Because one of the medications in PrandiMet (repaglinide and metformin) does pass through breast milk, make sure to talk to your healthcare provider before taking PrandiMet and breastfeeding. Although the metformin component in PrandiMet is usually considered compatible with breastfeeding, there is a possibility that the repaglinide component may increase the risk of skeletal deformities and low blood sugar levels in a breastfed infant.
Taking PrandiMet and Breastfeeding -- Is It Safe?
At least one of the components in PrandiMet™ (repaglinide and metformin) does pass through breast milk in humans. If you are breastfeeding a child, you should talk with your healthcare provider about taking PrandiMet.
What Does the Research Say?
Metformin (one of the components of PrandiMet) passes through breast milk in humans in relatively low amounts. In general, studies suggest that this does not pose a risk to the breastfed child. Metformin is usually considered compatible with breastfeeding.
Studies show that repaglinide (the other component of PrandiMet) passes through breast milk in rats. The chemical structure of repaglinide suggests that it probably will pass through breast milk in humans, although this has not yet been studied. When given to breastfeeding rats, repaglinide lowered the blood sugar in the breastfed pups and also seemed to increase the risk of skeletal deformities, although it is unknown if similar problems could occur in humans. In general, repaglinide is not considered compatible with breastfeeding, due to the risk of skeletal problems and low blood sugar levels in the infant.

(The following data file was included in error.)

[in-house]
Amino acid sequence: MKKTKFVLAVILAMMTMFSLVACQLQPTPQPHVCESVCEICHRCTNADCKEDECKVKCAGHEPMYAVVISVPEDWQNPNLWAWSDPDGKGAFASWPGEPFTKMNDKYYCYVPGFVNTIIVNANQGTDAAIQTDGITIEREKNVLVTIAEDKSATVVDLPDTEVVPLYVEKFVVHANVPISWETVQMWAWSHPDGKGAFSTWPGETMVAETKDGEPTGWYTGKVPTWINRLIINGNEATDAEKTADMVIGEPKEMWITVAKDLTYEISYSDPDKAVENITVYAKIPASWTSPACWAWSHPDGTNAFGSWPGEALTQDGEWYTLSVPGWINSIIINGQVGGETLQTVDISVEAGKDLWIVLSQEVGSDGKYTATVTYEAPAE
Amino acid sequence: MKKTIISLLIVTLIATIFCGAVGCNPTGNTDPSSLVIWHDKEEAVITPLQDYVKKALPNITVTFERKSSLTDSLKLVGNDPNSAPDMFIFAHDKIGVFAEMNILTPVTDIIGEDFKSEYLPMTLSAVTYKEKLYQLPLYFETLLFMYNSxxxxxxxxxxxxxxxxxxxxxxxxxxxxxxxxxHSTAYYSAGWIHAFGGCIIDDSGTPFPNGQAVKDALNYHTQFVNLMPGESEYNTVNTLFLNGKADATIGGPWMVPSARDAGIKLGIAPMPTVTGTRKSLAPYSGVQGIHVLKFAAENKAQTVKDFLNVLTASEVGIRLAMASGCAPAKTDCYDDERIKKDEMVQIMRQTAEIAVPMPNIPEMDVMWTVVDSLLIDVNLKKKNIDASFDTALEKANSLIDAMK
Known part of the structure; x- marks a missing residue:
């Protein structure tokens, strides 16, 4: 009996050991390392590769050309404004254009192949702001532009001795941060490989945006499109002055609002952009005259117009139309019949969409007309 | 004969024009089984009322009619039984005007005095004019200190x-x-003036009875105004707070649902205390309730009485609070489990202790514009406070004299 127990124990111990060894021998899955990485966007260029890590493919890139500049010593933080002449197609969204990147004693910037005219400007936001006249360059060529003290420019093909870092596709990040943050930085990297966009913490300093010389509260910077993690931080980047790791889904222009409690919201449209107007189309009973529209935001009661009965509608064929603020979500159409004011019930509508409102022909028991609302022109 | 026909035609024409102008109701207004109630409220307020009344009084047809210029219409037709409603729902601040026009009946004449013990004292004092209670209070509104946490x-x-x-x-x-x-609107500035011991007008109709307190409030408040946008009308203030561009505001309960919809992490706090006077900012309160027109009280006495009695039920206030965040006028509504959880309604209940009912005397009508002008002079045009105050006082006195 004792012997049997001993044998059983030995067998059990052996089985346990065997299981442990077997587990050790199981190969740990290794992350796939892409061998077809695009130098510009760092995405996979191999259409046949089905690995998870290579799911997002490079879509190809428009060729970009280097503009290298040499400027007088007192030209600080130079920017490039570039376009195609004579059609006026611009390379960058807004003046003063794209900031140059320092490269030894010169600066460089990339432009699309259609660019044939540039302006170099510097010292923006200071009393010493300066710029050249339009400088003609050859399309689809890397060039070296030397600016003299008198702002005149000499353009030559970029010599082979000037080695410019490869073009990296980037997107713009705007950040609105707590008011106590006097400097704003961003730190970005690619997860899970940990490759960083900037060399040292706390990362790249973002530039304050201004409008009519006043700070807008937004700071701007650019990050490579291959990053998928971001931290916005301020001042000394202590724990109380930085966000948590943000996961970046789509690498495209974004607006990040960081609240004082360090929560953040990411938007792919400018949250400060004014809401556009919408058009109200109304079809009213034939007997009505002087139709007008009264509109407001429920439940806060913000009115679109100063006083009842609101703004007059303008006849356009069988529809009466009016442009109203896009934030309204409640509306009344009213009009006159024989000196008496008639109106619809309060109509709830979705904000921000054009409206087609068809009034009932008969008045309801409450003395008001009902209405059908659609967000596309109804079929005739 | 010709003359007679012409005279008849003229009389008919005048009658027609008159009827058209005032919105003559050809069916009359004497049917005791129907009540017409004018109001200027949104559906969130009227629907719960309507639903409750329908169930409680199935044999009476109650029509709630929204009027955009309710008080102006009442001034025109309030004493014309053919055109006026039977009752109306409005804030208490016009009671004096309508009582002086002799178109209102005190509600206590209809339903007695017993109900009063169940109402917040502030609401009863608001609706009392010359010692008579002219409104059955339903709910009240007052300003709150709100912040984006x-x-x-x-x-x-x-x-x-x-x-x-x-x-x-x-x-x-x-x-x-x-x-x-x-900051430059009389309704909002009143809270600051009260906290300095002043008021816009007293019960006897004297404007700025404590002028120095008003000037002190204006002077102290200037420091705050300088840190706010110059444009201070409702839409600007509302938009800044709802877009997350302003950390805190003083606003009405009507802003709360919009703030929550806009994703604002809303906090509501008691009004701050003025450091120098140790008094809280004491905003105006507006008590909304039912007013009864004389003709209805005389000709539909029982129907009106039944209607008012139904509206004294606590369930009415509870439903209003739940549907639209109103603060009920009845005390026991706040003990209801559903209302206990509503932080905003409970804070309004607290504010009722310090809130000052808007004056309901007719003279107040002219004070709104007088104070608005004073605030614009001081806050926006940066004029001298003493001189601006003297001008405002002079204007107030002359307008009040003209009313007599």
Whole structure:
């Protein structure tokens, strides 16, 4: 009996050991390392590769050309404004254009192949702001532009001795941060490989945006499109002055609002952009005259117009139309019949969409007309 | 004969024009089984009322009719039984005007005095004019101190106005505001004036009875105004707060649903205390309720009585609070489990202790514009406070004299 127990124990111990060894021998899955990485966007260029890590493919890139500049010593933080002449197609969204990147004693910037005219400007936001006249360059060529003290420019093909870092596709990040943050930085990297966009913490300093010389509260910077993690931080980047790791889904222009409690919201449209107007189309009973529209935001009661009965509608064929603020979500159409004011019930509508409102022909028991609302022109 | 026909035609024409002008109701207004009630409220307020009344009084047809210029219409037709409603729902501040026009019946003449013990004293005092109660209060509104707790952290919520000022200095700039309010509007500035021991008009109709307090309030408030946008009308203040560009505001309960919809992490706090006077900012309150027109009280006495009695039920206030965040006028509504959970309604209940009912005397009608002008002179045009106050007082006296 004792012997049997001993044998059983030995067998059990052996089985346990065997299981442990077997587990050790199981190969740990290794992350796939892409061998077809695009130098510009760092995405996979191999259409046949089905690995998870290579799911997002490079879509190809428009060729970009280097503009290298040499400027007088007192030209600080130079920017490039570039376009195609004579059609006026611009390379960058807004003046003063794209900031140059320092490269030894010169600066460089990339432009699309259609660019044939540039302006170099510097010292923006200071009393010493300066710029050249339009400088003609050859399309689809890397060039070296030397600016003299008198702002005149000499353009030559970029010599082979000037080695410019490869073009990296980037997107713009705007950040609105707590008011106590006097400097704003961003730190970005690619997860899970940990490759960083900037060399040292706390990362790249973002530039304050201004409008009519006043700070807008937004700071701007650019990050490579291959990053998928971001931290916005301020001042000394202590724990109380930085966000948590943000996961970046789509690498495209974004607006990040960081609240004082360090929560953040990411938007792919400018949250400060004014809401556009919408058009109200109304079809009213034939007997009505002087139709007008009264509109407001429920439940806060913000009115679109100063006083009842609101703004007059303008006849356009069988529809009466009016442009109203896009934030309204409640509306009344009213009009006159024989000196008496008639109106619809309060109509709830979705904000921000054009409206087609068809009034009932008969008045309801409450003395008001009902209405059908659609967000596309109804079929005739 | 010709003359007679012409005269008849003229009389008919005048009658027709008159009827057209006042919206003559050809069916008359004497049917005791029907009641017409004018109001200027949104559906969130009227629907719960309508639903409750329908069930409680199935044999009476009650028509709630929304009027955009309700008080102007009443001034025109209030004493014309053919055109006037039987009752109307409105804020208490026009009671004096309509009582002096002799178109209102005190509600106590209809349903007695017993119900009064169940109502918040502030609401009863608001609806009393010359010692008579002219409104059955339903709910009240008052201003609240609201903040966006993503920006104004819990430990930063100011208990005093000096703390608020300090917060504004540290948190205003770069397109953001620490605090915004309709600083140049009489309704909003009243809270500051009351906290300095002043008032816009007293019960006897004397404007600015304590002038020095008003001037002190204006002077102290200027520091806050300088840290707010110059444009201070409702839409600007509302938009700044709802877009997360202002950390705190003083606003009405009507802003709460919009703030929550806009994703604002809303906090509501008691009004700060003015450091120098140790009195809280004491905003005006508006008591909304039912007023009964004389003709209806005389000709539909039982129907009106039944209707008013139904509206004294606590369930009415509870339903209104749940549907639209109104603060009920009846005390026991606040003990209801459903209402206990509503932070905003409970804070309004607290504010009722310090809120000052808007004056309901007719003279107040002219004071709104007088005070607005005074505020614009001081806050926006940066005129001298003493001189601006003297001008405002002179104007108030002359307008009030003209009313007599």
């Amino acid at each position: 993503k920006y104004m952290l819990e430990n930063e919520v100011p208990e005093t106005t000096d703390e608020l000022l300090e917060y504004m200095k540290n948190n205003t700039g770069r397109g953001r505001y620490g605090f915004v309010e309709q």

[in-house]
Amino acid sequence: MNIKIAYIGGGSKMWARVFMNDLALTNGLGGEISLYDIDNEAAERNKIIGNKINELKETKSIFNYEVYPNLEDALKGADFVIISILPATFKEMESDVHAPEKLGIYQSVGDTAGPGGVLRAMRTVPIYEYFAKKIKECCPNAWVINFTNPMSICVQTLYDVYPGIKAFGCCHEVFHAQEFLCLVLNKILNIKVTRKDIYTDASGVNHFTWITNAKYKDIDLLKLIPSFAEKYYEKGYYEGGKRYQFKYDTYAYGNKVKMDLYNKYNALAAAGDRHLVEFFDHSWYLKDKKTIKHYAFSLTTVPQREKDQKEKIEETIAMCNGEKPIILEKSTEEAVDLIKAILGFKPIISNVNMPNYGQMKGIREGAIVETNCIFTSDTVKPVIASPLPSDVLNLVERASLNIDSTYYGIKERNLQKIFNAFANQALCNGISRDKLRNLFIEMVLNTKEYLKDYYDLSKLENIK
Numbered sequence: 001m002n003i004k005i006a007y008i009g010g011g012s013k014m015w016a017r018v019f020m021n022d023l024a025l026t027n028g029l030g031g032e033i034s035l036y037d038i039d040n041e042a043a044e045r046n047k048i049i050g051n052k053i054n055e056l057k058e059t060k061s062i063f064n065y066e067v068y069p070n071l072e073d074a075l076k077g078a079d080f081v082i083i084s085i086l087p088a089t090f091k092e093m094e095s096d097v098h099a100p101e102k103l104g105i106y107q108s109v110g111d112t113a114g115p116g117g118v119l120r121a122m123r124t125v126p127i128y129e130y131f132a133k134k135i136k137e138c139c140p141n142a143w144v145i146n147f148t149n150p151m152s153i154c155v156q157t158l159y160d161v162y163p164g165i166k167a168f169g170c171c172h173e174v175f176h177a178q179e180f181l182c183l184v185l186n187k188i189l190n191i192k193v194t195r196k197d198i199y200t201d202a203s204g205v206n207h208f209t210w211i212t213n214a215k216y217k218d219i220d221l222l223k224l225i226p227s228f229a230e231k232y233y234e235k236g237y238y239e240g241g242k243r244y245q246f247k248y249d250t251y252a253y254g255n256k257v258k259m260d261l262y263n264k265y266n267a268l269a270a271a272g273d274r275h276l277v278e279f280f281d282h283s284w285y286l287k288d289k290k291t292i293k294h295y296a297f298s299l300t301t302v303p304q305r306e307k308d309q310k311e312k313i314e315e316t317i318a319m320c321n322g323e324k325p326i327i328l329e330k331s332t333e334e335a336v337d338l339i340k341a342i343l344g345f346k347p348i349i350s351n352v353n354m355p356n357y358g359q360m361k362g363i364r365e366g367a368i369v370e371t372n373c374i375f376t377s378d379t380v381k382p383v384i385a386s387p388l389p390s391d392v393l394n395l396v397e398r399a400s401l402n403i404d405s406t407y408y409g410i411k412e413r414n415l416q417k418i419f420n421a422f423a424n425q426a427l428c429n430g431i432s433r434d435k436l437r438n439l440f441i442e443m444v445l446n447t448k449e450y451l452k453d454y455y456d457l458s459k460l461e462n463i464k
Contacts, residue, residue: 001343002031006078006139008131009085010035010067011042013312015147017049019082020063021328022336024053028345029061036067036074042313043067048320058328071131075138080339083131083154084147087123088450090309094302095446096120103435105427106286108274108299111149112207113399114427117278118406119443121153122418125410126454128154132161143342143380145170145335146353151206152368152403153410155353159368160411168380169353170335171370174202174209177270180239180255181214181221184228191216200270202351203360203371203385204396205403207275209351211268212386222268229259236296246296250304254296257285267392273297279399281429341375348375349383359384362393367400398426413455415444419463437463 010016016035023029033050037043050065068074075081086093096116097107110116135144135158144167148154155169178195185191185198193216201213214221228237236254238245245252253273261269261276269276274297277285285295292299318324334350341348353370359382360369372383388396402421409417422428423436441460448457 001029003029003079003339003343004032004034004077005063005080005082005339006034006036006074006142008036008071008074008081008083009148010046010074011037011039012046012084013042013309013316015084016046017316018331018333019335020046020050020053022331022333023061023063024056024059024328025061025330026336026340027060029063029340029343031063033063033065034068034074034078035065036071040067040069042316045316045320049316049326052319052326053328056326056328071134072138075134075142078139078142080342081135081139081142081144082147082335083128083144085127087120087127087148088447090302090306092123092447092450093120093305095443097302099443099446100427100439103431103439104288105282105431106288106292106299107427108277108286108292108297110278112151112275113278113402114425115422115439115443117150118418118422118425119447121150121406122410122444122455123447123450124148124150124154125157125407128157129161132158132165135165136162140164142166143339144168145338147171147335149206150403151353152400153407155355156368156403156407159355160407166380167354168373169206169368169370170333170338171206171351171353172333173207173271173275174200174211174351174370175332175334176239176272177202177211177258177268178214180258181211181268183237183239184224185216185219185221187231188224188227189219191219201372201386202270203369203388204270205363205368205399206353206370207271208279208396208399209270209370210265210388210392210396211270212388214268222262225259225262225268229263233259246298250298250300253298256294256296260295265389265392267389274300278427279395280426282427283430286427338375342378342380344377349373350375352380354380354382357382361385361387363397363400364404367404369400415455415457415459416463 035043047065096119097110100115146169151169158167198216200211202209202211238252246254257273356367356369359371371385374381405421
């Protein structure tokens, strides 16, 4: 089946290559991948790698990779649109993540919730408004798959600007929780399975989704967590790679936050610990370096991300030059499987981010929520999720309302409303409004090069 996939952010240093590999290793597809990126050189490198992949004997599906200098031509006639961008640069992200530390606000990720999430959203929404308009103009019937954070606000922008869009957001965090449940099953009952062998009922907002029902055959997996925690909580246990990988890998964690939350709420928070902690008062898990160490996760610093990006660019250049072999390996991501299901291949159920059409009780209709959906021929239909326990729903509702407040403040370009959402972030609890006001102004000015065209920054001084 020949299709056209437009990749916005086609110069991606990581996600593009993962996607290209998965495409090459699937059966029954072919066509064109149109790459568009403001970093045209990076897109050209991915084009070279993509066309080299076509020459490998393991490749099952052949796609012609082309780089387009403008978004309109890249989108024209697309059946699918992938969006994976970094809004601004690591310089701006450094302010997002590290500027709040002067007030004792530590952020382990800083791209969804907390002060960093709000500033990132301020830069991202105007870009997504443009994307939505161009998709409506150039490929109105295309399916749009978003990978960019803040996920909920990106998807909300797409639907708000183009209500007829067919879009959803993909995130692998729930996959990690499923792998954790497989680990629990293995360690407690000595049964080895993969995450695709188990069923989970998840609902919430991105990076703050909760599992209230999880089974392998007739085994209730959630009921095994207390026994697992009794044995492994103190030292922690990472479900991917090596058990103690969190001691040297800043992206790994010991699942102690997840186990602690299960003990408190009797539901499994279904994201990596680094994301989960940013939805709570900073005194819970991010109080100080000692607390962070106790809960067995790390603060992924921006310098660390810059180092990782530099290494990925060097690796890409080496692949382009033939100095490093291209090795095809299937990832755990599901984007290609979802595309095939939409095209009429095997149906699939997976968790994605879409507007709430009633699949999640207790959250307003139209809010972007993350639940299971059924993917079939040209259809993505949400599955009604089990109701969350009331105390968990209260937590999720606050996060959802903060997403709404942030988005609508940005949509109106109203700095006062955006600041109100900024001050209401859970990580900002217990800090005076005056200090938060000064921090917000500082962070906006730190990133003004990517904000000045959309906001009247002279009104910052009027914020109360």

Talking With Your Healthcare Provider About PrandiMet and Breastfeeding
You should talk with your healthcare provider about PrandiMet and breastfeeding. Each woman's situation is different, and you and your healthcare provider understand your situation best. After considering what you want and expect, as well as your current health situation, you and your healthcare provider can make a shared decision about PrandiMet and breastfeeding in your particular situation.
Written by/reviewed by: Kristi Monson, PharmD;Arthur Schoenstadt, MD
Last reviewed by: KristiMonson, PharmD;
List of references (click here):
PrandiMet [package insert]. Princeton, NJ: Novo Nordisk, Inc.;2012 March.
Briggs GG, Freeman RK, Yaffe SJ. Drugs in Pregnancy and Lactation. 7th ed. Philadelphia (PA): Lippincott Williams & Wilkins;2005.
National Library of Medicine (US). Drugs and Lactation Database (LactMED). NLM Web site. Available at: http://toxnet.nlm.nih.gov/cgi-bin/sis/htmlgen?LACT. Accessed July 21, 2008.
eMedTV serves only as an informational resource. This site does not dispense medical advice or advice of any kind.
Site users seeking medical advice about their specific situation should consult with their own physician. Click